New CDs for October 2016
Charlie Hunter – Everybody Has A Plan Until They Get Punched In The Mouth
Charlie Hunter Trio – Let The Bells Ring On
Steve Lehman – Se´le´be´yone
Antonio Carlos Gomes – Il Guarany
Leopold Stokowski – The Columbia Stereo Recordings
Editor’s Note: “Spider Sounds” invites members of the University of Richmond community to share their thoughts about items in the Parsons Music Library’s collection. The links included will take you to the library catalog record for the item in question, or to additional relevant information.
Today’s installment of “Spider Sounds” comes courtesy of Music Library Student worker, Liza (class of 2017) and features indie folk band Bon Iver’s second album, “Bon Iver, Bon Iver”. Thanks for contributing to Spider Sounds, Liza!
If you haven’t heard of Bon Iver before, you can already get a feeling of their music with a glimpse at this album’s cover artwork.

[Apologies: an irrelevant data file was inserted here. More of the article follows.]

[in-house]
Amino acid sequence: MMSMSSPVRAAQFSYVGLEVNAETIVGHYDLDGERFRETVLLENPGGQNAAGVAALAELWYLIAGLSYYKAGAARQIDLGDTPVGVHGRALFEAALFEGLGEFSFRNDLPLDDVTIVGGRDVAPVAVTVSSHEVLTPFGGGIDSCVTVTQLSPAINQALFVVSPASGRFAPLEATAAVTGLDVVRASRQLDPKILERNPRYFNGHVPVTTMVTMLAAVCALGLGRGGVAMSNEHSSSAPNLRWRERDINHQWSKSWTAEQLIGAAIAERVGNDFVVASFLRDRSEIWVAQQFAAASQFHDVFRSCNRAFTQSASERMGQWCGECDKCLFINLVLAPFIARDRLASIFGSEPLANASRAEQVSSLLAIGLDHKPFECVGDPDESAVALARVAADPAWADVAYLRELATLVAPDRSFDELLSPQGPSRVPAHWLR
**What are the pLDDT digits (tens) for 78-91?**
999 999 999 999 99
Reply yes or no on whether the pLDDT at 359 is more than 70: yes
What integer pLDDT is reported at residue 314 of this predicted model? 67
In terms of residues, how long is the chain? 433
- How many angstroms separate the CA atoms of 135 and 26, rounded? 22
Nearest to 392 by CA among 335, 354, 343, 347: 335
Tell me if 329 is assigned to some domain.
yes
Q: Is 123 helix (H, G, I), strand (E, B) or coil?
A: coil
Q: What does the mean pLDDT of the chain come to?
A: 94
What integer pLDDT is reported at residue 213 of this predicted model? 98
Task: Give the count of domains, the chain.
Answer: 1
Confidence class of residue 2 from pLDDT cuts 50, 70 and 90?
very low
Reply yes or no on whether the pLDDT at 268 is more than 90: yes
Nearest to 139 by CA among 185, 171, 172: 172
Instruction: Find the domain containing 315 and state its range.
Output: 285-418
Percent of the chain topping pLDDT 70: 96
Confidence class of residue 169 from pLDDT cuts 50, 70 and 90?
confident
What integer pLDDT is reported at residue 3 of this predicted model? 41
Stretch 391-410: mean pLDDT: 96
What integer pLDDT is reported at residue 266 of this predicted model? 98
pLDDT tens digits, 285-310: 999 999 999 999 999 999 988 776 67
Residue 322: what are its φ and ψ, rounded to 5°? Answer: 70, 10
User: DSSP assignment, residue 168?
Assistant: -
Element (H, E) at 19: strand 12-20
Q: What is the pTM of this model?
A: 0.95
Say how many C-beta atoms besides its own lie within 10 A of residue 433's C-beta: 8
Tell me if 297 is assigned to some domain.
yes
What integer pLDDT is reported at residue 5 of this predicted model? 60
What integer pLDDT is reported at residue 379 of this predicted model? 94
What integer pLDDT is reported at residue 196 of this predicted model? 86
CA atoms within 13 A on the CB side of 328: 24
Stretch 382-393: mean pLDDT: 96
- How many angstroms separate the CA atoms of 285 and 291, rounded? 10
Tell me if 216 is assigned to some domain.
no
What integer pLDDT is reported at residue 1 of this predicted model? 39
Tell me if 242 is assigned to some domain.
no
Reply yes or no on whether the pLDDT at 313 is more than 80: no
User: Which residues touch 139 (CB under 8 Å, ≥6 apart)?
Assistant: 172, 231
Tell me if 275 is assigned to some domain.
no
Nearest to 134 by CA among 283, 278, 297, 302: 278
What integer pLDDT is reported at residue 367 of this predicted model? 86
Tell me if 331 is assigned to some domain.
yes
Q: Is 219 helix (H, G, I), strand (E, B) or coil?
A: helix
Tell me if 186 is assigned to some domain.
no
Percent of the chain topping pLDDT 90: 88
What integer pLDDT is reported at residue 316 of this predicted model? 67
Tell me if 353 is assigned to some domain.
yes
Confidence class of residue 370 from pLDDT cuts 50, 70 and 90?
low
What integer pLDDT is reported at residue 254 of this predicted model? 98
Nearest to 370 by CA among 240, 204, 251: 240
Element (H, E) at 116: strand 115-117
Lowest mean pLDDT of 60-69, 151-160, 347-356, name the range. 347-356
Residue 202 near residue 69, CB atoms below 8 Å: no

Bon Iver is an American indie folk band founded by the singer-songwriter Justin Vernon, who won the 2012 Grammy Award for Best New Artist and Best New Alternative Music Album for Bon Iver, Bon Iver.
Differentiating himself from the typical sounds of “folk,” Vernon combined chamber pop with an edge to create his own sounds from scratch. His soulful voice remains a unique characteristic that no other singer sounds like; he evokes an earthy virtuosic voice that you can easily get lost in when listening to his lyrics.
The album is composed of 10 songs, each representing a place. In particular, “Holocene,” is one of my favorite songs on the album because of its ability to trigger dozens of emotions within seconds. I would recommend listening to Bon Iver when you’re in a “chill” and relaxed mood or even when you’re studying, so come by the Parsons Music Library to check it out!
New CDs for September 2016
Benjamin Britten- Billy Budd
John Cage and Sun Ra – John Cage Meets Sun Ra: The Complete Concert, June 8, 1986, Coney Island, NY